From The Power of Regret:

“Close relationships, more than money or fame, are what keep people happy throughout their lives… Those ties protect people from life’s discontents, help to delay mental and physical decline, and are better predictors of long and happy lives than social class, IQ, or even genes.”

And if that isn’t enough to kick you in the keister, I’m bringing up that study of the biggest deathbed regrets again. “I wish I had stayed in touch with my friends” came in at number four.

It’s not hard to rekindle relationships at first. But often we wait too long. Feelings fade. People move on. And, eventually, people die. (Researchers have found this dramatically reduces how often they reply to your text messages.) If you do not reach out, there may never be another chance. The opportunity is lost forever. This is tragic. Terrifying. It’s…

Hold on, I need to text a few people…

Okay, I’m back. Where was I? Oh, yeah, connection regrets. Anyway, the lesson here? Text them. Now. Why are you still reading this post? Come back to it later. Jeez, priorities, man! You’ve got important existential errands to take care of.

Call that person. You’ll feel better. They’ll feel better. Heck, I’ll feel better.

(To learn how to stop being lazy and get more done, click here.)

Okay, we’ve covered the big four so we know how to avoid them. But what about the regrets you already have? There are some terrible things we feel we’ll just never get over. Lost friendships, ethical lapses, the death of Stringer Bell…

How do we cope?


Whaddya Gonna Do About It?

First, can you undo what caused the regret? Can you reach out, make it right or apologize? If so, stop doom-scrolling through your mental regret list and take action. As Dan says, there’s often a way to press Control+Z on your existential keyboard.

But sometimes there isn’t a way to fix the past. (Regret or no regret, I am not retaking the SAT’s.) In that case, there are three steps for coping: disclose, reframe, and extract a lesson.

1) Disclose

Dan calls it “relive and relieve.” Open up about it to someone you trust.

From The Power of Regret:

Such self-revelation is linked to reduced blood pressure, higher grades, better coping skills, and more. Indeed, Tamir and Mitchell maintain that “our species may have an intrinsic drive to disclose thoughts to others.”

If talking about it seems too hard, writing can work wonders. Fire up Microsoft Word and give it 15 minutes for 4 consecutive days. Merely thinking about it often ends up as rumination, which just makes things worse. Writing helps you make sense of it. Seriously, the benefits are beyond mortal comprehension, and I recommend this to everyone. (For more on how to do it, click here.)

2) Reframe

The best way to do that is through self-compassion. Forgive yourself. Accept that you make mistakes.

If someone you love came to you with the same issue how would you react? Extend the same compassion to yourself that you normally reserve for others. (More on self-compassion here.)

3) Extract a lesson

You’ve talked or written about your regret. You’ve forgiven yourself. Now get some distance from it. Look at it from a 10,000-foot view. How much will this matter 10 years from now?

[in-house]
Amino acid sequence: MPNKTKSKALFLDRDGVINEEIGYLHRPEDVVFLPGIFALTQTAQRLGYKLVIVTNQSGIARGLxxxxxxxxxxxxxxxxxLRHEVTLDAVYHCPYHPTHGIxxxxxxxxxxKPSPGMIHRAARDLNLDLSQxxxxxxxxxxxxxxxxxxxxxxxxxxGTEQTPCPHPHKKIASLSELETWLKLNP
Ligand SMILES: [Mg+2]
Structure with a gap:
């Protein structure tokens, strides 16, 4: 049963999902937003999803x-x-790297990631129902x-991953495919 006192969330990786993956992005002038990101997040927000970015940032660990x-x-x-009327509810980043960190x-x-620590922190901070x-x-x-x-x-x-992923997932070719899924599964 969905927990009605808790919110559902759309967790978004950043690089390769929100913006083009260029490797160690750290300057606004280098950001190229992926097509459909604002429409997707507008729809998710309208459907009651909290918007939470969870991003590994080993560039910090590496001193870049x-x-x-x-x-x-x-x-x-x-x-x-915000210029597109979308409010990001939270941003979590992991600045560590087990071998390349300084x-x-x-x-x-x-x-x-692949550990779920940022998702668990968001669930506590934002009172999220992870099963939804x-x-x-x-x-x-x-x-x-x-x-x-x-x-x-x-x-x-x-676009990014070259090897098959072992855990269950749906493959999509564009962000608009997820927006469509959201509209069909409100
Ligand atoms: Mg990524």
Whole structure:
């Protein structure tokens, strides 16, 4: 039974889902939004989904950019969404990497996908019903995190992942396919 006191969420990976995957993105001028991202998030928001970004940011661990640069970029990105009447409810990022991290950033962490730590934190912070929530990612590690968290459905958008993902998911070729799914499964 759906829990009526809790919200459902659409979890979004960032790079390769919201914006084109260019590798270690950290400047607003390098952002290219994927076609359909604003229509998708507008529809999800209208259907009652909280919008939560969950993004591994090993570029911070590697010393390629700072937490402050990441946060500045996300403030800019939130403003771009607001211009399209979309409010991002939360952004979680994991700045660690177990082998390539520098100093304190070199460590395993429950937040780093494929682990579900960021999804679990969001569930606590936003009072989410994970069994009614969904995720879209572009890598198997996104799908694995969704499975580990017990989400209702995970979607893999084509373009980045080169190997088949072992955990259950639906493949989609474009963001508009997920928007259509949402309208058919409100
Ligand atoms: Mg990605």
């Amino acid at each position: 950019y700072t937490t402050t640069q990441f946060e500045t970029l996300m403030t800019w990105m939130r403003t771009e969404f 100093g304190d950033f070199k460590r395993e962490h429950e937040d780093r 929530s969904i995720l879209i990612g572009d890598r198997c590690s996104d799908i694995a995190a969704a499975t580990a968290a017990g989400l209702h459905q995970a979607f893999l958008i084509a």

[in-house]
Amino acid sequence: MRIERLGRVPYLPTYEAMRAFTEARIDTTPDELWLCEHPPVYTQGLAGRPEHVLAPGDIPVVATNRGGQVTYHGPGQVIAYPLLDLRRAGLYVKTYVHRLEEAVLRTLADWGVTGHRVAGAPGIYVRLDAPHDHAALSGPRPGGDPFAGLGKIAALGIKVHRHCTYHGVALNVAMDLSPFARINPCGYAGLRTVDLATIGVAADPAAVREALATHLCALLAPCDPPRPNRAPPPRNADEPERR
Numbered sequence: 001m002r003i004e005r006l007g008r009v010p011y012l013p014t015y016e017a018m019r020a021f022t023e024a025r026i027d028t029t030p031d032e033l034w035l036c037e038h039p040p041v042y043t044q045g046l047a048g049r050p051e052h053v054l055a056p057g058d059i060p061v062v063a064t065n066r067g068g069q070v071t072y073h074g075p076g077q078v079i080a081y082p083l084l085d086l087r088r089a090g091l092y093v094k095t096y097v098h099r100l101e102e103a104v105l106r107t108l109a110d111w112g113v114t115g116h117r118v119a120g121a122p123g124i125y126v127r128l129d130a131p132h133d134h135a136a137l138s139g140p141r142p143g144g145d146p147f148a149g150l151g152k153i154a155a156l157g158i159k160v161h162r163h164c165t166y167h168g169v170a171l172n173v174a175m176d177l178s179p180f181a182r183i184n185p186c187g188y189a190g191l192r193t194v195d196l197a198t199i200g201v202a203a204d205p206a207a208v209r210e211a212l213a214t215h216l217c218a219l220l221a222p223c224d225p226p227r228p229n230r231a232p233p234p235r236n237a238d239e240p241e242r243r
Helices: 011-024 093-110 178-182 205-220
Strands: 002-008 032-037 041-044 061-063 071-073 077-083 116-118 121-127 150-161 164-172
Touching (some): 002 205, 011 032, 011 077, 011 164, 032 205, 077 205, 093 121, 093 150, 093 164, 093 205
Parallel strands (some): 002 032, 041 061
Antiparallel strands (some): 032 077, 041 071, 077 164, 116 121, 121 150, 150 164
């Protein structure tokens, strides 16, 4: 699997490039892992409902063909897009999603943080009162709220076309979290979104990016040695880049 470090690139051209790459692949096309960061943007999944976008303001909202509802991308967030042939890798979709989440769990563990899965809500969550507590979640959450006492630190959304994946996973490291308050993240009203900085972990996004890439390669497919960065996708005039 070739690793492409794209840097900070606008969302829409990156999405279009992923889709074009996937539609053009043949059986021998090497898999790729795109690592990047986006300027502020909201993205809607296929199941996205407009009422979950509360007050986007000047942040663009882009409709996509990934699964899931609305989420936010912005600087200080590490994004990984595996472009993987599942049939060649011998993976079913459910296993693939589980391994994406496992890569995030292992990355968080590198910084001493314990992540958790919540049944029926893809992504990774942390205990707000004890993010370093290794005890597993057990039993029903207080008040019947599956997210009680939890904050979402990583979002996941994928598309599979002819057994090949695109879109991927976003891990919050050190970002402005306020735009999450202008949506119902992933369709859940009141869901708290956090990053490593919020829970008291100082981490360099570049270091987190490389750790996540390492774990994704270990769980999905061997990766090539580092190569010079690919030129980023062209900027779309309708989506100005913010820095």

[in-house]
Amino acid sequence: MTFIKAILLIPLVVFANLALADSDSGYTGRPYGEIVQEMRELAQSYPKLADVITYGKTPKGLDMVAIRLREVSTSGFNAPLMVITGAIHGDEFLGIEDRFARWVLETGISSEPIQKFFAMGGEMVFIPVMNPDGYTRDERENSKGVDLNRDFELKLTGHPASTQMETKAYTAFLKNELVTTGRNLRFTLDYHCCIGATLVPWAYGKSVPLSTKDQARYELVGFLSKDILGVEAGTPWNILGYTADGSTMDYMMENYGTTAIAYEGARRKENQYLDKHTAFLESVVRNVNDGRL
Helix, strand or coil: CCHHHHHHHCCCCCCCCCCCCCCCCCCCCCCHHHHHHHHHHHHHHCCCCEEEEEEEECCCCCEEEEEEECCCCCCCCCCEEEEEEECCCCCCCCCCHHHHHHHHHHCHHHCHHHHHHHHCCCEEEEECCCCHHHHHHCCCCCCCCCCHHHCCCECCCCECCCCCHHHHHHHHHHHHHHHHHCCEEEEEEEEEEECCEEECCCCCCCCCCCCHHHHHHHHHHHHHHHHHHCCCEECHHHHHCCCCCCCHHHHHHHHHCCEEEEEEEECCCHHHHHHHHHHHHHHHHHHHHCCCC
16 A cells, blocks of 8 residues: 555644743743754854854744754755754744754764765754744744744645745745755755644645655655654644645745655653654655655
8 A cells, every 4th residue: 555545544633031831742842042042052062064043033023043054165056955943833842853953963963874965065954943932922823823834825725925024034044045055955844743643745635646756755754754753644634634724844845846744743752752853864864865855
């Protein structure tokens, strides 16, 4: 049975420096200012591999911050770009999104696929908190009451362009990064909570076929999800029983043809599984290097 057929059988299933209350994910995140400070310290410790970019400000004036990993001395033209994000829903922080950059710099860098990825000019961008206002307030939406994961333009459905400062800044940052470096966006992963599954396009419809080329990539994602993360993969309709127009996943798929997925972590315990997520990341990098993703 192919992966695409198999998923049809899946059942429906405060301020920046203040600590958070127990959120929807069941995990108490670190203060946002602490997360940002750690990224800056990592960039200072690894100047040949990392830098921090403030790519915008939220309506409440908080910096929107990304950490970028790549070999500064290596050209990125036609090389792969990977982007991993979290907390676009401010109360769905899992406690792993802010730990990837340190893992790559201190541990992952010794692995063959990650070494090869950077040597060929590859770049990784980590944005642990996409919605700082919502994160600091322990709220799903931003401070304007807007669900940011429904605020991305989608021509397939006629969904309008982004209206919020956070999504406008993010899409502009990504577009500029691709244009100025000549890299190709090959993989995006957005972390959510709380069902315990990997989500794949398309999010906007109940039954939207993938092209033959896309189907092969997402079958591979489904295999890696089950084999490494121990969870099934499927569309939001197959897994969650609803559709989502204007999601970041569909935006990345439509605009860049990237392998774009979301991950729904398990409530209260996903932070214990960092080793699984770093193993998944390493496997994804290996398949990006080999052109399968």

And then, look for the lesson. What can you learn? Move from “If only…” to “At least…” Find the silver lining in the pain. (I mean, that guy that killed Batman’s parents ended up doing a lot of good for Gotham City over the long haul if you think about it.)

Seriously, look for the upside. Dan regrets going to law school – but he met his wonderful wife there. Maybe you regret a marriage that didn’t work out — but it gave you some great kids.

We’re gonna need the Morgan Freeman voice again. Ready?

“What lesson did you learn?”

(To learn the best time to do anything, click here.)

Okay, time to round it all up. And we’ll learn the four things regret can teach us about living a better life in the future…


Sum Up

Here’s how to deal with regret:

  • Regret can be a good thing: A regret is a lesson you need to put into action to make yourself better. Your work is not yet finished, Daredevil.
  • Foundation regrets: Avoid them by doing the work.
  • Boldness regrets: Dodge them by taking that risk.
  • Moral regrets: Do the right thing, Spike Lee.
  • Connection regrets: Text them. Now.
  • How to cope: Can you undo it? If not: disclose, reframe, and extract a lesson.

Dan’s a super sharp guy. He also realized that if you flip our biggest regrets you can figure out the things that matter most to us. Foundation regrets mean we value stability. Boldness regrets mean we value growth. Moral regrets mean we value goodness. Connection regrets mean we value love.

Now there is a danger in living solely to avoid or minimize regret. We can play it too safe and miss opportunities. And trying to be an utter perfectionist about everything makes us miserable. (Can you imagine how hard it must be to shop for Martha Stewart’s birthday?)

Work diligently to avoid regrets related to the core four: stability, growth, goodness, and love. They’re important. But for lesser things, take it easy. You regret missing that Black Friday sale? You’ll live. Don’t drive yourself crazy. It’s the core four that make a good life.

Dan says, “Regret makes me human. Regret makes me better. Regret gives me hope.”

Don’t see regret as an ever-present threat. See it as a helpful reminder. An opportunity to improve your life. The pandemic has created regrets in all of us. Lost time, lost opportunities, lost connections. Now’s the time to fix them. Please put Dan’s tips into action.

You won’t regret it.